Excluding a few libertarians, everyone agrees that maintaining a decent environment requires regulation. However, that regulation needs to be proportionate and transparent. On the face of it, those are the principles that underpin the Environment Agency’s (EA’s) site compliance rating system.
The EA gives all regulated sites a compliance rating of between A and F according to how well they have complied with their permit conditions. A represents the best performing sites and F the worst. In terms of proportionality, the EA imposes higher subsistence fees for badly performing sites and lower ones for sites that are performing well. The idea is that poor performers should not be subsidised by their more compliant counterparts.
Just do as the EA tells you. Doing anything else just isn’t worth it
Take waste operators, for example. An A rating means paying 95% of the baseline subsistence charge, whereas an F rating means paying 300%. Given that the banding is also an indication of a site’s risk of environmental impact, operators can also reasonably expect the regulator to keep a close eye on operators in the worst compliance bands. Those in bands E and F are at risk of having their permits revoked if they cannot show the regulator they are moving swiftly towards better compliance.
“Most people in the regulated community would agree that good regulation should be risk-based and proportionate, so a compliance scoring system is an important part of the prioritisation process,” says Simon Tilling, partner at law firm Burges Salmon.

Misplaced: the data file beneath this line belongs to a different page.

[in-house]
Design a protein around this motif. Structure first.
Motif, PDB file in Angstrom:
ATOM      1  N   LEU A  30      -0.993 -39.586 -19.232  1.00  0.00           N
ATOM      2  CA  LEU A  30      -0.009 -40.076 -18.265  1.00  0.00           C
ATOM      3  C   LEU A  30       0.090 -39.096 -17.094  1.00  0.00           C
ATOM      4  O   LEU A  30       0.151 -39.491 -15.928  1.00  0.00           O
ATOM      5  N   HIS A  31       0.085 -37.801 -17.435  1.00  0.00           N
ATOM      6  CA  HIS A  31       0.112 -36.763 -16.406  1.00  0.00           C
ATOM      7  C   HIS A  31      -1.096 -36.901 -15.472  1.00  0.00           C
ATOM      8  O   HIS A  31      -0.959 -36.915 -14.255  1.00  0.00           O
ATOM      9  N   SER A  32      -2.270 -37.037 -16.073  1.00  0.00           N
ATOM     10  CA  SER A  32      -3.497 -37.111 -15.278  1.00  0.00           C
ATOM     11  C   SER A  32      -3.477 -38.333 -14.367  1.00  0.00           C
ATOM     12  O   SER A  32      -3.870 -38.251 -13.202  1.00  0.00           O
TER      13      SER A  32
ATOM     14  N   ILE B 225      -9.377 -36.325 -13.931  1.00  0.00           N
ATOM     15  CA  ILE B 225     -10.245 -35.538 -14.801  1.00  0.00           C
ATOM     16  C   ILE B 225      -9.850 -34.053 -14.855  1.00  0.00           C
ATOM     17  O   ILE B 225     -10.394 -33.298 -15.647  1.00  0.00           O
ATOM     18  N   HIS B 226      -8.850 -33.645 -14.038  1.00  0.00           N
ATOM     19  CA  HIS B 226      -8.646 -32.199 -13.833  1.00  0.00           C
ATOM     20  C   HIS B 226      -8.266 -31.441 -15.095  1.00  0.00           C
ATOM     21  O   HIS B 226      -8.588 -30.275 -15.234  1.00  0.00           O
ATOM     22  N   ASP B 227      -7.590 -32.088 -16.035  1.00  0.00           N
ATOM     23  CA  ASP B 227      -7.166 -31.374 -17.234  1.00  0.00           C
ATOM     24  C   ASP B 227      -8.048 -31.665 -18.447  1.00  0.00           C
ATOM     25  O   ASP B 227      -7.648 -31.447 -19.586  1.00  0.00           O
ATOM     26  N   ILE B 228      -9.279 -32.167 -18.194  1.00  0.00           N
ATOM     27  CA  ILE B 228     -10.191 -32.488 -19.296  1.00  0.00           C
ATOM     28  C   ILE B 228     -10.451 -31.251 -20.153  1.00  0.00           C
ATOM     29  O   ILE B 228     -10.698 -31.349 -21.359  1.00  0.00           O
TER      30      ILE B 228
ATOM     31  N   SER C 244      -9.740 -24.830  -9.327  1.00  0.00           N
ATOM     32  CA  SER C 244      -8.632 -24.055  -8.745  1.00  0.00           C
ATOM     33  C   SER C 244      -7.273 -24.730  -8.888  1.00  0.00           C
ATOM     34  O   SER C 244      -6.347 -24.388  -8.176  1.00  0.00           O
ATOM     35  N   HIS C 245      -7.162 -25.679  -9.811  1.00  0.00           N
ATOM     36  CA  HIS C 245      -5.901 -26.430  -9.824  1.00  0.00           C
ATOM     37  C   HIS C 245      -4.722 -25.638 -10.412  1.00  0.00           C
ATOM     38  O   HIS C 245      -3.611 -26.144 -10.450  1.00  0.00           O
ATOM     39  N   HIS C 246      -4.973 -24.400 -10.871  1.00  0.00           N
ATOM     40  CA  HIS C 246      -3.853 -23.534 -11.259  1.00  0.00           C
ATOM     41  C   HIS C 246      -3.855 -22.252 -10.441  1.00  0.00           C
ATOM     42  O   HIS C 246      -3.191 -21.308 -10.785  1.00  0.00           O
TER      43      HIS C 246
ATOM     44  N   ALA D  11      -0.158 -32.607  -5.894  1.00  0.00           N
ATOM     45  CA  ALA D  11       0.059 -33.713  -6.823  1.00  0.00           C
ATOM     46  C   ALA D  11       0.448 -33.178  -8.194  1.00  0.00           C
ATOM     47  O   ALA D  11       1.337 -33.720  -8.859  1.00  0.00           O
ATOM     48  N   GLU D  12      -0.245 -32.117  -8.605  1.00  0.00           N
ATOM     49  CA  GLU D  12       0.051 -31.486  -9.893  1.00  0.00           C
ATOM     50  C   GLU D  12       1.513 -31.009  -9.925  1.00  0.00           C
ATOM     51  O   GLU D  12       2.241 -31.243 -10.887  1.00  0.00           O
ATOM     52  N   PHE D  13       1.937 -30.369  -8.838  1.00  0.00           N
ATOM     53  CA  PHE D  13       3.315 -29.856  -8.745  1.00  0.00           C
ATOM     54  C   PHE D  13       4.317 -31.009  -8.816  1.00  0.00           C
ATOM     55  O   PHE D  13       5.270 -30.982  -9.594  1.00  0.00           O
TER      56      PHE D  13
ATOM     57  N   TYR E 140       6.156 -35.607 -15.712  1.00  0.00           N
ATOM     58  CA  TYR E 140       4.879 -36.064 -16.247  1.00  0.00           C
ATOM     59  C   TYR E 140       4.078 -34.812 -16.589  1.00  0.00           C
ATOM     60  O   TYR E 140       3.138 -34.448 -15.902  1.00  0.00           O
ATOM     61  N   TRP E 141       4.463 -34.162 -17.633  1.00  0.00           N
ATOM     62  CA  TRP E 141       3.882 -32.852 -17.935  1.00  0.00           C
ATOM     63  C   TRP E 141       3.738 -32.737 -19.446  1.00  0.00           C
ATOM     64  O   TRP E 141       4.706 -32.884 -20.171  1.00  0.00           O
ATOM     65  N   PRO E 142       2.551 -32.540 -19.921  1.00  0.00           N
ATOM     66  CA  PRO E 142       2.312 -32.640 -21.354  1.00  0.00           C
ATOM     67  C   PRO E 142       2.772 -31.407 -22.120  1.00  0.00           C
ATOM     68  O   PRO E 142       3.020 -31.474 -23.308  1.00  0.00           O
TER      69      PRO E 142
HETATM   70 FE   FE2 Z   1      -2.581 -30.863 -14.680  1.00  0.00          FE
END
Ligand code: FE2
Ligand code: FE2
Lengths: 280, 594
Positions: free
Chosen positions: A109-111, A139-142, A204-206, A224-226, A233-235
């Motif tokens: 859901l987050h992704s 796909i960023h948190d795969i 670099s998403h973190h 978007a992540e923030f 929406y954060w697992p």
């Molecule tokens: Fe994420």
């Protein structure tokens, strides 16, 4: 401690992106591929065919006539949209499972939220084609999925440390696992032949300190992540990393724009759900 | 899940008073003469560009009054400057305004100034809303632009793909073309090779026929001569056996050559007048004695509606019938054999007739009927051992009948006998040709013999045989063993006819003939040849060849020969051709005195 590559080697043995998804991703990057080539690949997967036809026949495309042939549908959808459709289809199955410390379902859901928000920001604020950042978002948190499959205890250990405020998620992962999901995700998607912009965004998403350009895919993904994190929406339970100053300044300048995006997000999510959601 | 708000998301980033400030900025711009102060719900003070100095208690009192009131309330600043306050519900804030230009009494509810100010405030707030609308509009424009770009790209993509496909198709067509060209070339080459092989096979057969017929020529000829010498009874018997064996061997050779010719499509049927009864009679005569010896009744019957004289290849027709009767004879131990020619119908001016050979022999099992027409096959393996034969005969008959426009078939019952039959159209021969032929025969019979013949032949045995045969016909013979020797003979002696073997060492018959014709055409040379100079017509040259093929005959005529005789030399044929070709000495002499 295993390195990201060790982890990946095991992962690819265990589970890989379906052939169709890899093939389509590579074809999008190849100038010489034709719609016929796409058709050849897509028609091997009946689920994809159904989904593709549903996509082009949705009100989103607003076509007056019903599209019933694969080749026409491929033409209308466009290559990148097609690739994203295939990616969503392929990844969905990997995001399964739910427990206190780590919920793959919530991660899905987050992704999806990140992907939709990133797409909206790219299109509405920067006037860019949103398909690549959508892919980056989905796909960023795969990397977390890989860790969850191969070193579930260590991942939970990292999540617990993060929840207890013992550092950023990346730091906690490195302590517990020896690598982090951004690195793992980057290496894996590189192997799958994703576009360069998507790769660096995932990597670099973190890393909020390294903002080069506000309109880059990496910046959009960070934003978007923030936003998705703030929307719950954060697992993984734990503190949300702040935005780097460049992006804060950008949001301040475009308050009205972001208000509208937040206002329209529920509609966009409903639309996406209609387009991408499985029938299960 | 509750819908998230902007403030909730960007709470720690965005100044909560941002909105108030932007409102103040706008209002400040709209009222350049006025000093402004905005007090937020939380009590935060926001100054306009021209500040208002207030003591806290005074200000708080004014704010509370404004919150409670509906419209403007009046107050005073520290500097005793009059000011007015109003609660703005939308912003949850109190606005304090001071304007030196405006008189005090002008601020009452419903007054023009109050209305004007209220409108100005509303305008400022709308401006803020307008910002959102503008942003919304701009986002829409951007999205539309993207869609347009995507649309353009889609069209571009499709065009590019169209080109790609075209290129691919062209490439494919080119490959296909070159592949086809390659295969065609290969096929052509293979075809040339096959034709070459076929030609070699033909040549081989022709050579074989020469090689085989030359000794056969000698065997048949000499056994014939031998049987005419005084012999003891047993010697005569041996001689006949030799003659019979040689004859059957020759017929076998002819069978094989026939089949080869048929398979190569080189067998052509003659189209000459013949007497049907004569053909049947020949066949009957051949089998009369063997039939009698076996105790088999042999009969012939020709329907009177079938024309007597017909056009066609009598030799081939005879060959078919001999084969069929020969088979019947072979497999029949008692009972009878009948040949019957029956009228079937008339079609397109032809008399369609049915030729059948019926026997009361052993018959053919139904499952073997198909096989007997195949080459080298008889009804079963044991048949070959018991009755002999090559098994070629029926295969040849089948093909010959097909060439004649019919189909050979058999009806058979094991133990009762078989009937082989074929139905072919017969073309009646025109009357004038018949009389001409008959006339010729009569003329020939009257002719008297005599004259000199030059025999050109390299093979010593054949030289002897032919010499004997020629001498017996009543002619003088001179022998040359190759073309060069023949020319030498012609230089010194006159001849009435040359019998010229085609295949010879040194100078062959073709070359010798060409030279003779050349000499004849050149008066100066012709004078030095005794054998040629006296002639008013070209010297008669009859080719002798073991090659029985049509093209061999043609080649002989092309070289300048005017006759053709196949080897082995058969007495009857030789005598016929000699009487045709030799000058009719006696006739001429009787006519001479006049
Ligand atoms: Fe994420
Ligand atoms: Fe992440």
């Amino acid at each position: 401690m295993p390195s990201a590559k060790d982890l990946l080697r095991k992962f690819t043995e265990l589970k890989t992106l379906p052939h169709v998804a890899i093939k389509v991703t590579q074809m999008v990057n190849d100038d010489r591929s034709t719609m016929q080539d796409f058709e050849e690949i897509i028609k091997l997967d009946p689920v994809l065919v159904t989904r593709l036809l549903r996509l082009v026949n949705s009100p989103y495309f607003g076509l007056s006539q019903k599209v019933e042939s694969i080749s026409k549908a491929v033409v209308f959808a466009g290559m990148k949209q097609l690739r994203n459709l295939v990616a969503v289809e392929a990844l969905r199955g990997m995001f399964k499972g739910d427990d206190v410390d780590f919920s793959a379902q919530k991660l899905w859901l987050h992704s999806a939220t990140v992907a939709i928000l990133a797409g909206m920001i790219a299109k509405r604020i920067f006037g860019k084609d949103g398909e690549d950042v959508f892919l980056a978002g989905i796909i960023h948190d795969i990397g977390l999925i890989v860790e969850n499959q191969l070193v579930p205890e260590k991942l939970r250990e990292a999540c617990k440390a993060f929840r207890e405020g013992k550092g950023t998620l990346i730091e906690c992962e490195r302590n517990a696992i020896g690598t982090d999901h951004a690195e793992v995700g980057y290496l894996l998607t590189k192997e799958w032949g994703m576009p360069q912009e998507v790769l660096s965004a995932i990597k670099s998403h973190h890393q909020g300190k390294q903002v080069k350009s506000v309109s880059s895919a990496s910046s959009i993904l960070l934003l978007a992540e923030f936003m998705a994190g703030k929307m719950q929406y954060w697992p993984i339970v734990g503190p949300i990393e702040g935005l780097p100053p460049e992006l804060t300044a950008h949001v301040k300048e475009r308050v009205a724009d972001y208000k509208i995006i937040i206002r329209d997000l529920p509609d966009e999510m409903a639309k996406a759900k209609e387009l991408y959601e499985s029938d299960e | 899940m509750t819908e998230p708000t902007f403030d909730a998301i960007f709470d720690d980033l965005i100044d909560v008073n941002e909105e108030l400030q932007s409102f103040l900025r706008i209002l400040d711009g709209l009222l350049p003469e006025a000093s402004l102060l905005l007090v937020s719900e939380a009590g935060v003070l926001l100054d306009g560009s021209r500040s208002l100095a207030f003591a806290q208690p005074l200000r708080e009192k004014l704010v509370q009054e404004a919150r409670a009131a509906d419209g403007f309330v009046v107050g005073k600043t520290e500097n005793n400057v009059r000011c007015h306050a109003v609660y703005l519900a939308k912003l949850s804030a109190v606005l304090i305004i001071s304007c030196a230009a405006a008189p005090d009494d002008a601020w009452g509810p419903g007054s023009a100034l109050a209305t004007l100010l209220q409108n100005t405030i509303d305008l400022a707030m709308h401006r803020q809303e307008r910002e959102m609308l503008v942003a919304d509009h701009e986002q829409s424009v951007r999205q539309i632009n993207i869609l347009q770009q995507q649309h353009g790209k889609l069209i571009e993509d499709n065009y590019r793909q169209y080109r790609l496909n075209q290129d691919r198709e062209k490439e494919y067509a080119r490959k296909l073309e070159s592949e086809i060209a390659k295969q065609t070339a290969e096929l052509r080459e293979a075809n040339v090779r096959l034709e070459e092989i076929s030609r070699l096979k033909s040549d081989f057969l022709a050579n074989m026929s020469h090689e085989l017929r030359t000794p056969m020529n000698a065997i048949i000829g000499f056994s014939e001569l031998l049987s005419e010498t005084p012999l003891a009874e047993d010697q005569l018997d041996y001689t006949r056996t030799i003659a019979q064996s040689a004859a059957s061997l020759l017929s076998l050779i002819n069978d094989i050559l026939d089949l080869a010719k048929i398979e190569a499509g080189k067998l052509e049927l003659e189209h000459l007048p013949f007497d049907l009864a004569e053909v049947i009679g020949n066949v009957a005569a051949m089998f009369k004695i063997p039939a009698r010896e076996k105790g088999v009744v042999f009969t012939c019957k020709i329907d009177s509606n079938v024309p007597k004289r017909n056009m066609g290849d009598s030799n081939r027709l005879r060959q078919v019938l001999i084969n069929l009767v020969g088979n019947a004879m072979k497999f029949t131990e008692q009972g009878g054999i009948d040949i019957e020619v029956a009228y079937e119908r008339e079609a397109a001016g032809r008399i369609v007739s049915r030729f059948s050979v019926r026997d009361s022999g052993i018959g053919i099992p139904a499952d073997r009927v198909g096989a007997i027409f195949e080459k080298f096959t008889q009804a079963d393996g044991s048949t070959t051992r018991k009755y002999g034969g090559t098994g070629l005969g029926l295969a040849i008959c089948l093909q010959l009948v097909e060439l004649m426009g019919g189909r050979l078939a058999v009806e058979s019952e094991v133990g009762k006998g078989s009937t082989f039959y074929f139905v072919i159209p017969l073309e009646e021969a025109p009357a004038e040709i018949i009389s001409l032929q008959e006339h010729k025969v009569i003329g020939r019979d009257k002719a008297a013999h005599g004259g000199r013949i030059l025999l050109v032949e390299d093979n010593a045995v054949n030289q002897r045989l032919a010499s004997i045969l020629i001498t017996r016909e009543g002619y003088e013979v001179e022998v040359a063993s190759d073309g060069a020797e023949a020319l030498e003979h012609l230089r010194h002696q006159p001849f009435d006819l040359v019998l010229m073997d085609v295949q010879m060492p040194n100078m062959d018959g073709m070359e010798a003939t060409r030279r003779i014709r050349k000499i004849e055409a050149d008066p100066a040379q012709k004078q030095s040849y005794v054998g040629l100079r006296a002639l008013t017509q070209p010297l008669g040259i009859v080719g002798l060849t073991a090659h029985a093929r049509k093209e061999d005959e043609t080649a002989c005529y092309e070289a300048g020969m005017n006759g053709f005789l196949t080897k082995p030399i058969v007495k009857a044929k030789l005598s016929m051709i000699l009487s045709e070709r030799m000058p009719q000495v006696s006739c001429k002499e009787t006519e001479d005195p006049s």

“Every scoring system has a degree of judgment and the EA’s system is not perfect, but it is a way of ranking the regulated community so the EA can focus resources on the poorer performers and most of our clients buy into that, unless of course they feel they have been unfairly treated. What clients want more than anything is a level playing field.”
Compliance snakes and ladders
However, a review by ENDS of more than 13,000 waste operations and installations shows sites can move categories rapidly (see infographic). For instance, of the 125 sites rated E in 2016, 30 had achieved an A rating by 2018, the latest year for which data is available. But it was far more common for sites to be downgraded. Over the same period, 1,279 moved from A to B, 200 from A to C, 51 from A to D, 52 from A to E and 11 from A to F.
All of those downgrades will have come with substantial financial costs, but there is some debate surrounding exactly how transparent the system is. “The EA publishes details of how the scoring systems is operated so, in that sense, it is transparent,” says Emma Tattersdill, a member at law firm Freeths. “Operators can see what they need to do to improve their rating and there is a clear financial incentive for improving compliance.”
But Tattersdill adds “there can be a sense among operators that the focus on compliance against permit conditions means the system doesn’t always take account of the full picture or perhaps capture all environmental risks”.
Another issue is the fact the EA recently withdrew its operational risk assessment (OPRA) scoresheets, which some believe removed a layer of transparency. “How a site is scored became difficult to understand when the EA took away OPRA scoring spreadsheets,” says Samantha Pople, principal consultant covering environment management, permitting and compliance at consultants SLR.
“It’s really difficult to understand how the EA rates a site, plus it doesn’t seem to like telling you why and how it came to the conclusion. It used to be a lot more open and honest and detailed in the guidance.”
How to avoid being downgraded